Perspective view of several massifs along the Atlantis Transform Fault. The Atlantis Massif, at the MAR intersection is about 2 m.y. old. The Western Massif is about 10 m.y. old. Shallow (red) areas reach <1000 m depth; deep (purple) areas reach >6000 m. Click image for larger view and image credit. (HR)
The Western Massif
July 23, 2005
Dr. Jeff Karson
NOAA ship Ronald H. Brown arrived at our first study site last night and the first order of business was to collect new bathymetric data over the area. Our target is a large, dome-like mountain, referred to as the Western Massif, located about 100 km to the west of the Atlantis Massif where the Lost City Hydrothermal Field is located. Since the discovery of the Lost City our team has speculated that there could be other similar vent sites in similar settings, but this is the first time an expedition has had a chance to explore another massif.
Perspective view of the Western Massif. Steep cliffs on the south-facing wall will be the site of the first Hercules dives. Note similarities with the Atlantis Massif. Click image for larger view and image credit. (HR)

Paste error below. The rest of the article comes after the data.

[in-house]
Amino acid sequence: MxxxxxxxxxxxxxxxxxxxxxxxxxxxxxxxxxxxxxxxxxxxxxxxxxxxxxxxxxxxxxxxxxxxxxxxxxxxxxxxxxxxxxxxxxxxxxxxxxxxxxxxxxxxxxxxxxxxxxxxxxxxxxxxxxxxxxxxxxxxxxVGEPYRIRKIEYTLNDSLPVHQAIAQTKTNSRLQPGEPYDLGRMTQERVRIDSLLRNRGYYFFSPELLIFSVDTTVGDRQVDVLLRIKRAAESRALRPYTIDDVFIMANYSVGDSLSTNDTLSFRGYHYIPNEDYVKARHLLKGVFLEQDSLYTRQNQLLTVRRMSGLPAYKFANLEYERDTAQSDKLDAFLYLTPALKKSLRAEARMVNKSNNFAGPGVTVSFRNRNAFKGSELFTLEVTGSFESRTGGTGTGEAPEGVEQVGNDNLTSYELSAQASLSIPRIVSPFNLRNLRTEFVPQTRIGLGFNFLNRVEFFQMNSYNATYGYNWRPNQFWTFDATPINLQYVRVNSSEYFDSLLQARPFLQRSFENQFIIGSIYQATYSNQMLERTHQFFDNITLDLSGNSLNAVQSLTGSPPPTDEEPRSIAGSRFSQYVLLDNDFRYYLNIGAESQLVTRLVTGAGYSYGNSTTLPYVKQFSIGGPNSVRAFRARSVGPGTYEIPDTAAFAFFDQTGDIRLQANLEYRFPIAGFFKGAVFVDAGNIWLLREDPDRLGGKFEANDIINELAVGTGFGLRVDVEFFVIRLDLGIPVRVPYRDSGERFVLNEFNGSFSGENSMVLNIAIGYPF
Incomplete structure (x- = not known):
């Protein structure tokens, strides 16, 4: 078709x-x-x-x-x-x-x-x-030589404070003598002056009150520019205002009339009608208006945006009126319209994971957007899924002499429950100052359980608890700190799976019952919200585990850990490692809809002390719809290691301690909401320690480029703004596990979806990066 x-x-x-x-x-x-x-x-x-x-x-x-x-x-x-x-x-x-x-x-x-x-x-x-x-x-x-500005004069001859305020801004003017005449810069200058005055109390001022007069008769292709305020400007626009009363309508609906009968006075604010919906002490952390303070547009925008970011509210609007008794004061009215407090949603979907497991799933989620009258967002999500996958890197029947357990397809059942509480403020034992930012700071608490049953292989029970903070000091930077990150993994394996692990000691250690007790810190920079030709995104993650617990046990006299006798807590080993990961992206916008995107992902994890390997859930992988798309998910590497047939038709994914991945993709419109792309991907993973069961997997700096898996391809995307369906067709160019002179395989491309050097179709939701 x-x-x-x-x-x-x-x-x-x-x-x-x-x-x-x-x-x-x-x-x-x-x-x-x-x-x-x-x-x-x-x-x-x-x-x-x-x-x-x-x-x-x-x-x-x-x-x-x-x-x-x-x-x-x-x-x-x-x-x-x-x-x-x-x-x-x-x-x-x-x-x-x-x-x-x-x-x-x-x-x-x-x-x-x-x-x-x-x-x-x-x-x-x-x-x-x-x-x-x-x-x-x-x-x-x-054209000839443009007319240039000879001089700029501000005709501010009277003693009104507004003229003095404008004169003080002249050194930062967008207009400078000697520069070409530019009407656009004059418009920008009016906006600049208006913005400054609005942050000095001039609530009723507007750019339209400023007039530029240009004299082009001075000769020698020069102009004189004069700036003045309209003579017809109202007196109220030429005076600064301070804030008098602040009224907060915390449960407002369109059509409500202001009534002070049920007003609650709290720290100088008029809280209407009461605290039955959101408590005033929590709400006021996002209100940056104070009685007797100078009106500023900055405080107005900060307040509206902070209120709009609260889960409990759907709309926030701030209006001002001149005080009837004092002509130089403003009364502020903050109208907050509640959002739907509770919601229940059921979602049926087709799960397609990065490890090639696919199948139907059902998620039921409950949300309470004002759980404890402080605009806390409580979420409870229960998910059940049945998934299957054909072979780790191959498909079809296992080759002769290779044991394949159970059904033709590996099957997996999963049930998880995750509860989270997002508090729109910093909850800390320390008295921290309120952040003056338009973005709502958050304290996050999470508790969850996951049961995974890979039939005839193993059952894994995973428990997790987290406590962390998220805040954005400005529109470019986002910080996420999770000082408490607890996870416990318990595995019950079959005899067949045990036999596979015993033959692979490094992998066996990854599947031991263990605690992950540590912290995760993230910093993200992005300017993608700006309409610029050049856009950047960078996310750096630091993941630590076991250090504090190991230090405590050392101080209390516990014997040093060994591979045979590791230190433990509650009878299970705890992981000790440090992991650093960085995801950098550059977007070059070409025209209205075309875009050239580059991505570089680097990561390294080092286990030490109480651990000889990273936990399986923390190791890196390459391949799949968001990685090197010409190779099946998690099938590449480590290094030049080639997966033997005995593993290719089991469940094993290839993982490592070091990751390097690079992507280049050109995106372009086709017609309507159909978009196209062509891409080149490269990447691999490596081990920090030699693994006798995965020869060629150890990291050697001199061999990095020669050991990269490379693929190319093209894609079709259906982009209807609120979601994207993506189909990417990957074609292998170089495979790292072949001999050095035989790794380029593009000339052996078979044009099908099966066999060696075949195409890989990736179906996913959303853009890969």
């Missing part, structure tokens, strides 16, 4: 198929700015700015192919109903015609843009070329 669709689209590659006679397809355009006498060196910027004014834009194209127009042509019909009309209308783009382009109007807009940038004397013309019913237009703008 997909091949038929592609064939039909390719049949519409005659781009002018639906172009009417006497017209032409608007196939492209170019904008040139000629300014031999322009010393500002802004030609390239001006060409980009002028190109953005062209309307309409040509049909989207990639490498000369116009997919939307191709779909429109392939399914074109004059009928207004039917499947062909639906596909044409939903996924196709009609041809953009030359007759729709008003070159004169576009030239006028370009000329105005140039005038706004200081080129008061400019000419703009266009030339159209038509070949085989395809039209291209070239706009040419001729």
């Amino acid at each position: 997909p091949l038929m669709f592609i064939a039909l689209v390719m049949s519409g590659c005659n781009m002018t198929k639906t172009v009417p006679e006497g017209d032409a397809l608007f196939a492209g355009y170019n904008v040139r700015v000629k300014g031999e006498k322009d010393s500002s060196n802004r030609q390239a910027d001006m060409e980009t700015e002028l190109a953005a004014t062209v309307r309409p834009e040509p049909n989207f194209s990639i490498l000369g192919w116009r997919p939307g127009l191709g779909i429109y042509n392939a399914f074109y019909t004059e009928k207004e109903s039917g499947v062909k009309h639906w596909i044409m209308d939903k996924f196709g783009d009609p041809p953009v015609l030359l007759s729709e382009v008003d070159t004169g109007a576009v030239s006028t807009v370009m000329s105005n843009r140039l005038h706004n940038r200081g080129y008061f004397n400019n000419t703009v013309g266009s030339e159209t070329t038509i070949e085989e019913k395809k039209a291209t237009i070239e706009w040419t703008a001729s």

From the bathymetric map, one can see that there are many high-standing massifs similar to the Atlantis Massif strung out along the Atlantis Transform Fault. The Atlantis Massif is at the lithosphere plate corner bounded by the Mid-Atlantic Ridge spreading center and the transform. The massifs along the northern side of the transform were all created by seafloor spreading at this corner and then carried along westward as new seafloor was made at the spreading center. The lithosphere at the Western Massif is about 12 million years old. This is much older and probably colder than the Atlantis Massif, so we do not know if it will have hydrothermal vents. In many ways the two massifs are very similar. They are both about 20 km across and a few thousand meters high. They both have corrugated, broadly arched upper surfaces that are thought to make large fault surfaces. The southern edges of the massifs that face the transform fault are very steep and deeply scarred by mass wasting. If the Western Massifs geology is similar to the Atlantis Massif, we would expect to find a low-angle fault zone near the top of the south wall and steep faults that control hydrothermal venting.
No one has ever visited the Western Massif before so we do not know what we will find there. After our surprise discovery of the Lost City in 2000, we are not making any assumptions. We will use our experience with the Atlantis Massif to guide our investigation. We think that finding steep fault zones at the top of the southern wall of the massif will be the key to locating active or ancient hydrothermal sites. In our first dive, we will use Hercules to travel up the south wall and then along the top edge of the wall in search of these features.
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